“Pass and stop the pass” was the battle cry in the 2014 NFL Draft. ¶ There were a record nine defensive backs drafted in the first round on Thursday. There were 12 receivers drafted in the first two rounds – also a record. For the first time ever, no running backs were taken in the top 50 picks. ¶ The NFL set a record in 2013 for points per game (46.8) and net passing yards per game (471). Look for all those totals to be threatened again with the receiving talent pouring into the NFL from the college game. ¶ Here’s a capsule review of the draft, including the teams that looked like they did the best and teams that made moves most open to second-guessing. ¶ Reality check: Nobody knows who did the best in the draft, which is why we do not offer grades for each team.
We’re not sold on the QB class of 2014. Here’s our odds of big-time success for the top QB’s taken:
Jacksonville’s Blake Bortles: 45 percent. He needs a full year to improve his footwork. A project.
Cleveland’s Johnny Manziel: 55 percent. A thrilling playmaker. But he’s most comfortable outside the pocket, and his body is thin.
Minnesota’s Teddy Bridgewater: 50 percent. Great college career but not big guy, has small hands and looks iffy handling pressure.
Oakland’s Derek Carr: 45 percent. Like the arm talent. Hopefully he gets hit a lot less than his brother, David.
San Francisco: The rich get richer. The Niners had five picks in the top 100 and seven in the top 130. Safety Jimmy Ward of Northern Illinois has coverage skill and is a versatile DB like Tyrann Mathieu, who starred as a rookie for Arizona last year. The Niners got the top RB in the draft in Ohio State stud Carlos Hyde. The third round brought an immediate starter at center in Southern Cal’s Marcus Martin, Wisconsin linebacker Chris Borland (a Zach Thomas-type) and injured Clemson tackle Brandon Thomas. He may sit out this year, but he schooled the No. 1 overall pick and could be a Pro Bowl guard when he gets healthy. Fourth-round WR Bruce Ellington has time to develop. Meanwhile the WR corps added Stevie Johnson from Buffalo.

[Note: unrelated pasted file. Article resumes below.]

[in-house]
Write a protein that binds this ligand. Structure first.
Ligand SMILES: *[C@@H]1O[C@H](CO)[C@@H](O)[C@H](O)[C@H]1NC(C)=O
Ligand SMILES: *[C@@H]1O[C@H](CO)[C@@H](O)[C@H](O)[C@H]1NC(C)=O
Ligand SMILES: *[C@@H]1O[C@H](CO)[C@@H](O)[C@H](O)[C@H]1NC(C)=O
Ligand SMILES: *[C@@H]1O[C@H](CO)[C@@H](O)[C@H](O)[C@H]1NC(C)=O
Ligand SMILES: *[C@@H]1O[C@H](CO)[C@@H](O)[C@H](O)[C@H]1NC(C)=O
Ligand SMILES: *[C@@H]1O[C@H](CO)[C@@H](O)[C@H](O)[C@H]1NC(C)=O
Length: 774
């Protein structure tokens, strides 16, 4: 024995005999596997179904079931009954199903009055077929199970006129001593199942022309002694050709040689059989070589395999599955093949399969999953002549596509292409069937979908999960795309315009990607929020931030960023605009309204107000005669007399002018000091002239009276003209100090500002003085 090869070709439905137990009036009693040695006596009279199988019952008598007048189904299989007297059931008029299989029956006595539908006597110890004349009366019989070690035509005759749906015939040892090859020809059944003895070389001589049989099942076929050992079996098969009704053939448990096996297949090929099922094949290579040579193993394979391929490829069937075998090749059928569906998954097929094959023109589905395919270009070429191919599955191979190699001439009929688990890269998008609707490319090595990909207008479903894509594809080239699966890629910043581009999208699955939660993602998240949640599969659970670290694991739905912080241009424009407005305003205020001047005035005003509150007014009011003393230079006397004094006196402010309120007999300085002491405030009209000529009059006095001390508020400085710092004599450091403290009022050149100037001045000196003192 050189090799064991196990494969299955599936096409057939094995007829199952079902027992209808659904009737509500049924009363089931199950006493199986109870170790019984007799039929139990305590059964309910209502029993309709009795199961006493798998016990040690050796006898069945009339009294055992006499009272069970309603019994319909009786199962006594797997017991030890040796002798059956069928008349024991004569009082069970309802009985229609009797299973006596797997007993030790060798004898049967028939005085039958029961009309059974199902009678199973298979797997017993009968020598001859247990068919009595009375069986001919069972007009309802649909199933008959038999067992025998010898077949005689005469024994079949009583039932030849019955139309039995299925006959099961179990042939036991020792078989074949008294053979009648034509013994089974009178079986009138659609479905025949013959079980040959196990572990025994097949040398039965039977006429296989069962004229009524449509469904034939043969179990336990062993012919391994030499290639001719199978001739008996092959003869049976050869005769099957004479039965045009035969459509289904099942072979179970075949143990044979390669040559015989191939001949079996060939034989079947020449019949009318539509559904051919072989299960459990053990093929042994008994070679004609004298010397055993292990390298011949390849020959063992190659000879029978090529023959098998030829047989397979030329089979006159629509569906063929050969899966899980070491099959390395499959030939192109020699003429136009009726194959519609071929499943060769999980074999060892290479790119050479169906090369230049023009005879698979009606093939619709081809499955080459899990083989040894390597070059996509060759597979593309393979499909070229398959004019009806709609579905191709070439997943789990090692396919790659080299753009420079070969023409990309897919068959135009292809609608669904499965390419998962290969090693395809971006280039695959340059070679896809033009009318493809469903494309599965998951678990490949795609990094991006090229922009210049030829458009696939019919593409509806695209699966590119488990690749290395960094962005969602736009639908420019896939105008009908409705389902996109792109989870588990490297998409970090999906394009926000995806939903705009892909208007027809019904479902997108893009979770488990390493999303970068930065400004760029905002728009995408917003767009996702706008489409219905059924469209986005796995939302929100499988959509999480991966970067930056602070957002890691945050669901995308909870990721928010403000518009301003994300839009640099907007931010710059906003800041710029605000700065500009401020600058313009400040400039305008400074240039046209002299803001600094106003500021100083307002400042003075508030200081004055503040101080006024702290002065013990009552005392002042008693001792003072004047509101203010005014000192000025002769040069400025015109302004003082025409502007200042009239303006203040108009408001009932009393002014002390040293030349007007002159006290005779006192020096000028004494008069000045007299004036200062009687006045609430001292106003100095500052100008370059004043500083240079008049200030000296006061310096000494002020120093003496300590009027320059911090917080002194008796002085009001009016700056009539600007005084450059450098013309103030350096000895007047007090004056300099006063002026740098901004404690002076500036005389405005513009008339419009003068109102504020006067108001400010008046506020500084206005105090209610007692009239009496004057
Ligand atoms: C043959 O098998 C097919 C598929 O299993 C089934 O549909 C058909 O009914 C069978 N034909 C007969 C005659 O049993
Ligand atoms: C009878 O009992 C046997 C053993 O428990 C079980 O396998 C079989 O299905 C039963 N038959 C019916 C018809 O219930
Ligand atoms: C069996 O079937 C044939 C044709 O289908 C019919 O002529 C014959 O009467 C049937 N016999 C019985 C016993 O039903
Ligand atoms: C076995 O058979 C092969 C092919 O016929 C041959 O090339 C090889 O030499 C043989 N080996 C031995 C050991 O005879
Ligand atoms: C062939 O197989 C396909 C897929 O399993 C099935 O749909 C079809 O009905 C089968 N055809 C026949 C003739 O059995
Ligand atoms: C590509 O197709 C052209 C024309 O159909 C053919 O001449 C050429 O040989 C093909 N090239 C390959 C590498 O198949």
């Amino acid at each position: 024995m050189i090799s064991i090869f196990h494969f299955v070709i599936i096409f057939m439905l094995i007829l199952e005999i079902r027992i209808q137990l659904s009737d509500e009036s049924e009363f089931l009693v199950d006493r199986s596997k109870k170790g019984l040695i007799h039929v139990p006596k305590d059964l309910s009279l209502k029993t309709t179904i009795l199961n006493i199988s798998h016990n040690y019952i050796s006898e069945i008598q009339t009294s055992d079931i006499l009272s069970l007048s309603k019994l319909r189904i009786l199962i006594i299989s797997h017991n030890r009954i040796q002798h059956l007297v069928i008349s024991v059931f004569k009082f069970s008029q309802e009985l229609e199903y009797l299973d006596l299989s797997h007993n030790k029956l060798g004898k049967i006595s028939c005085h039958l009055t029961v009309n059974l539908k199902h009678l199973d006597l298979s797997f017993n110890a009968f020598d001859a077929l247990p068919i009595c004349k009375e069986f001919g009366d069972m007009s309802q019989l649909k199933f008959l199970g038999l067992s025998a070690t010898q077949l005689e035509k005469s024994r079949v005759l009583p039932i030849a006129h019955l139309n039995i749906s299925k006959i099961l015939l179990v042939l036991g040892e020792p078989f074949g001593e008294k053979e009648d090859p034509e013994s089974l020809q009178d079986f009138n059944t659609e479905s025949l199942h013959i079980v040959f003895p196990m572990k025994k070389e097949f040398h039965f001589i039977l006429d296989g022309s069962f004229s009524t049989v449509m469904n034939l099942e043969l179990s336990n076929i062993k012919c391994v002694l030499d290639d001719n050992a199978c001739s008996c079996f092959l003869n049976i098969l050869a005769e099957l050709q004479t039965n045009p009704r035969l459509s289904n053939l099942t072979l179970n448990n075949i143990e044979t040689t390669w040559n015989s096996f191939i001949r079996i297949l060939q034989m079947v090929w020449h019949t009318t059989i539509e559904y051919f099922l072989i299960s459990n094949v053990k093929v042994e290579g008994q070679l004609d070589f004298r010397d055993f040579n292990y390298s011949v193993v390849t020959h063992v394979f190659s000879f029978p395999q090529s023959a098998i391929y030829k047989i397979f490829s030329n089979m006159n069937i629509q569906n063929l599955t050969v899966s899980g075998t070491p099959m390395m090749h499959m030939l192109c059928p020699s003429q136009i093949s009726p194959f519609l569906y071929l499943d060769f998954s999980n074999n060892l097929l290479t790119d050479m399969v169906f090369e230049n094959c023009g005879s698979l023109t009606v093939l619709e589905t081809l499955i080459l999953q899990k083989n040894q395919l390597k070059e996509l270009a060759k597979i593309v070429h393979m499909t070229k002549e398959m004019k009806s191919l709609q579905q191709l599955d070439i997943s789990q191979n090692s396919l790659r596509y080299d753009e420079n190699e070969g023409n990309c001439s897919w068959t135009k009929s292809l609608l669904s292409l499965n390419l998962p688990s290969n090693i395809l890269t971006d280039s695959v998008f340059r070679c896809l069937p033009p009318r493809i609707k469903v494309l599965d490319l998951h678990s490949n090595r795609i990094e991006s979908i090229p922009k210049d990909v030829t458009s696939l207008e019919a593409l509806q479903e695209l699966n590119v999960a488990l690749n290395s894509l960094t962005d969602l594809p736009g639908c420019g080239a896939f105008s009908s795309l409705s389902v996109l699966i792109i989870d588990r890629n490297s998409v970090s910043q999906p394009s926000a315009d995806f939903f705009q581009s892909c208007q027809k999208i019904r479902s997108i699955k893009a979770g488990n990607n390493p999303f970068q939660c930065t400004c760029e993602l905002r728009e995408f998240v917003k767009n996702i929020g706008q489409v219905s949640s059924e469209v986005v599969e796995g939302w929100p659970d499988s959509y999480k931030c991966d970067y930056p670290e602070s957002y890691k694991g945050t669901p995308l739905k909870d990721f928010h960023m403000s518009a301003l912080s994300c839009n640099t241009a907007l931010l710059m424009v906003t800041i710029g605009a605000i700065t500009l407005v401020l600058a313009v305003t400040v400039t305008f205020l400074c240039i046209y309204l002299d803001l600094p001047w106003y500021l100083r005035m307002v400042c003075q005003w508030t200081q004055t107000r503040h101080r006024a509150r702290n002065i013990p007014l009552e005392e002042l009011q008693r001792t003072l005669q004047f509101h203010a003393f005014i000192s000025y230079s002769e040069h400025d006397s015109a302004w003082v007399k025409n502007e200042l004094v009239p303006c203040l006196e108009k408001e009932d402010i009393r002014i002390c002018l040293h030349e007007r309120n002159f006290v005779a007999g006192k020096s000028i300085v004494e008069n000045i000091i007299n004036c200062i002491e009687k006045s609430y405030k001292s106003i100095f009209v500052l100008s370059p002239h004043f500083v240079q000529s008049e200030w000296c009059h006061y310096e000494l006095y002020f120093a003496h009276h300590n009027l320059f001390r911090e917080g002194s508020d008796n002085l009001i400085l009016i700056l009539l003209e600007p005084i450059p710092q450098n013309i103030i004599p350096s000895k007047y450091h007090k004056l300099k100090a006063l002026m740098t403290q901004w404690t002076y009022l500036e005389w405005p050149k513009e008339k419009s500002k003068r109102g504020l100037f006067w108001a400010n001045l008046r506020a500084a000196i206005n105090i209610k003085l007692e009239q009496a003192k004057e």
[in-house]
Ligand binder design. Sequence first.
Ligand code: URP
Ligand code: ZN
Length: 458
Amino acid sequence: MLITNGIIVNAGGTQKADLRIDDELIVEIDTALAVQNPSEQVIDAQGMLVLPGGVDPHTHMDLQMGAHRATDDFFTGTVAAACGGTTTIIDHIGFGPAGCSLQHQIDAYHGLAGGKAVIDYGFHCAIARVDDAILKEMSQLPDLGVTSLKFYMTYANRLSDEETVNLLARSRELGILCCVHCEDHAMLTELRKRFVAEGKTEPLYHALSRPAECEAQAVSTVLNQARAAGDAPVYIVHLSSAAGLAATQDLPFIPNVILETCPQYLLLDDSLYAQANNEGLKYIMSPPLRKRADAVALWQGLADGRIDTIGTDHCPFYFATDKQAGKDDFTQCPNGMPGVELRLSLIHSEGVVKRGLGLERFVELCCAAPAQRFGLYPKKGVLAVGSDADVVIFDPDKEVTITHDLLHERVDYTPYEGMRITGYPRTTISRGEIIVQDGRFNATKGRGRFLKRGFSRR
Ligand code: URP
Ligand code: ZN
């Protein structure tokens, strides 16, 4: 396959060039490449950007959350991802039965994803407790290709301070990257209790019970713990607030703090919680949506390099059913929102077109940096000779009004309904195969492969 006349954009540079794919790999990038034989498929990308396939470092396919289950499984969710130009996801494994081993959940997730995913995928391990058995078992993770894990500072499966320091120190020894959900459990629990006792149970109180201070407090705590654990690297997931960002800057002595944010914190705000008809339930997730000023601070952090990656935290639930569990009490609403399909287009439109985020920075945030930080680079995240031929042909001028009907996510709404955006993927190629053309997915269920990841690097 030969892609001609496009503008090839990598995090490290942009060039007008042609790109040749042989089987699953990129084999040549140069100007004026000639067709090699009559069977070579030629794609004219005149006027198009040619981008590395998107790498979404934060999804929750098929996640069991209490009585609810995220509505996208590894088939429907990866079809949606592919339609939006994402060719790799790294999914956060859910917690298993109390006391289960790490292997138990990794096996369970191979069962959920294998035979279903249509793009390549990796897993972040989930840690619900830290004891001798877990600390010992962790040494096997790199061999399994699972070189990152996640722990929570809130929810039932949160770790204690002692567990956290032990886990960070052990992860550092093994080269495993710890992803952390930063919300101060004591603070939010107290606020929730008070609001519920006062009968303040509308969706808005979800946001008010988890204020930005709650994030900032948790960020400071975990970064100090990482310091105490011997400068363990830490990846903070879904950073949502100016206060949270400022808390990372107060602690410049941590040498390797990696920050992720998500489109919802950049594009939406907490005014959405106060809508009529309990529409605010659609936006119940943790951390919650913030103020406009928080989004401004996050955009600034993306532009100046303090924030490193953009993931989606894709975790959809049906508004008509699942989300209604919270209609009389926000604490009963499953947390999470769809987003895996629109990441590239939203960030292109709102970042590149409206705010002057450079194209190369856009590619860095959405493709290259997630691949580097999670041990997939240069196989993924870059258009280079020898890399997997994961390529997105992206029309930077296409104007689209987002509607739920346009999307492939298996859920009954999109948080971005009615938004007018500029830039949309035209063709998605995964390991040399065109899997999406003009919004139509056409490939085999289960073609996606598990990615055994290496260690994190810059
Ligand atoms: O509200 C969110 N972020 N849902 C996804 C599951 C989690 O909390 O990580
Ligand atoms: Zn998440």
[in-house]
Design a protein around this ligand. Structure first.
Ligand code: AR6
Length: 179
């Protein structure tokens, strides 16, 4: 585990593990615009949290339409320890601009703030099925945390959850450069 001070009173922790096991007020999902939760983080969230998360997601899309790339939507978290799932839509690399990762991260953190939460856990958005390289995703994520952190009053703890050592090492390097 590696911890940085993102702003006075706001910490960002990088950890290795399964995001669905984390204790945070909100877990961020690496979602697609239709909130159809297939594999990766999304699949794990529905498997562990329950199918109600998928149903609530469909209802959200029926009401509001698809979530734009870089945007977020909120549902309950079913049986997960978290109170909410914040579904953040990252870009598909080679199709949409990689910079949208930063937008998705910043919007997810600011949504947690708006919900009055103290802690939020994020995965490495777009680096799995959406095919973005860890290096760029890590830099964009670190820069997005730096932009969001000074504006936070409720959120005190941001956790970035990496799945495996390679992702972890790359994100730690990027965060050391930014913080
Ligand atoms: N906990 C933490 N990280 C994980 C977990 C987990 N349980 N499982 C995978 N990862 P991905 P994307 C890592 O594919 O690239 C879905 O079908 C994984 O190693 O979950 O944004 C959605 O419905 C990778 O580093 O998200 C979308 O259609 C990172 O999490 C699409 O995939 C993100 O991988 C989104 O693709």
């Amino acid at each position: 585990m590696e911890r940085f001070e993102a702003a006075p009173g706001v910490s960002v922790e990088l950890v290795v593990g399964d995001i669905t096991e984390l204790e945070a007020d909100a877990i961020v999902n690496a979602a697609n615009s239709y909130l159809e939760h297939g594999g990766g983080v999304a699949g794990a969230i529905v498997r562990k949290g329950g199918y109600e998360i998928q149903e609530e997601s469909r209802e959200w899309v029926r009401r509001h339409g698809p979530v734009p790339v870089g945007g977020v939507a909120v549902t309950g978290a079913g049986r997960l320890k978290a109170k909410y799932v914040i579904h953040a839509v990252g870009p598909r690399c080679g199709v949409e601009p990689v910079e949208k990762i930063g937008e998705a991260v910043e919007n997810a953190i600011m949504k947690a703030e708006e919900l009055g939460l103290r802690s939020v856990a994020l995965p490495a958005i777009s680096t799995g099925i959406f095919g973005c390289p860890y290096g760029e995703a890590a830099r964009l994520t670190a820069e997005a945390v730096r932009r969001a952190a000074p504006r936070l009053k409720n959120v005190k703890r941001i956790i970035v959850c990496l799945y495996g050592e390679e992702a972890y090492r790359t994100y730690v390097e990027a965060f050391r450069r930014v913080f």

St. Louis: The NFC West keeps getting tougher, as the Niners and Rams up the arms race with Super Bowl champion Seattle. The Rams got a future All-Pro tackle in Auburn mauler Greg Robinson at No. 4 and the ideal, penetrating defensive tackle in Pitt’s Aaron Donald at No. 13. Lamarcus Joyner, a good slot corner from Florida State, was the 41st pick. Third-rounder Tre Mason, who broke Bo Jackson’s Auburn rushing record, will be comfortable running behind the big butt of Robinson.
Oakland: The Raiders got a hell-on-wheels edge player in Buffalo’s Khalil Mack at No. 5. They let QB Carr fall to them at No. 36. He has all the tools. Is he tough enough? There’s no way to know at this point, but his arm is excellent. They got road-grader Gabe Jackson, a top-50 player, at No. 81. Like the two fourth-rounders, massive DT Justin Ellis and big long-armed corner Keith McGill, drafted at 115 but who could have gone at 60.
Houston: It’s easy to pick the team with the No. 1 pick on the “good” list. South Carolina defensive end Jadeveon Clowney was the right pick at No. 1. The impressive thing is Houston has a glaring need at quarterback yet did not force the issue. We think the 2014 QB class is going to go down with the 2011 QB class as a disappointment. Houston coach Bill O’Brien apparently agrees. He didn’t take a QB until the fourth round, getting Pitt’s big-armed, one-year wonder, Tom Savage. Before that, Houston took a great guard, a competent tight end and Notre Dame nose tackle Louis Nix, who went 83rd but was worthy of 50th.
Cleveland: The bottom line is the Browns got five players in the top 94, more than any other team. They needed help. In getting Justin Gilbert 10th, coach Mike Pettine now has two outstanding corners (with Joe Haden). Pettine must work hard to build an offense that suits Manziel, but Johnny Football has instincts coming out of his earholes. Tackle Joel Bitonio was a solid second-rounder. We love third-round RB Terrence West of Towson. They didn’t get a receiver, with star Josh Gordon facing a reported suspension.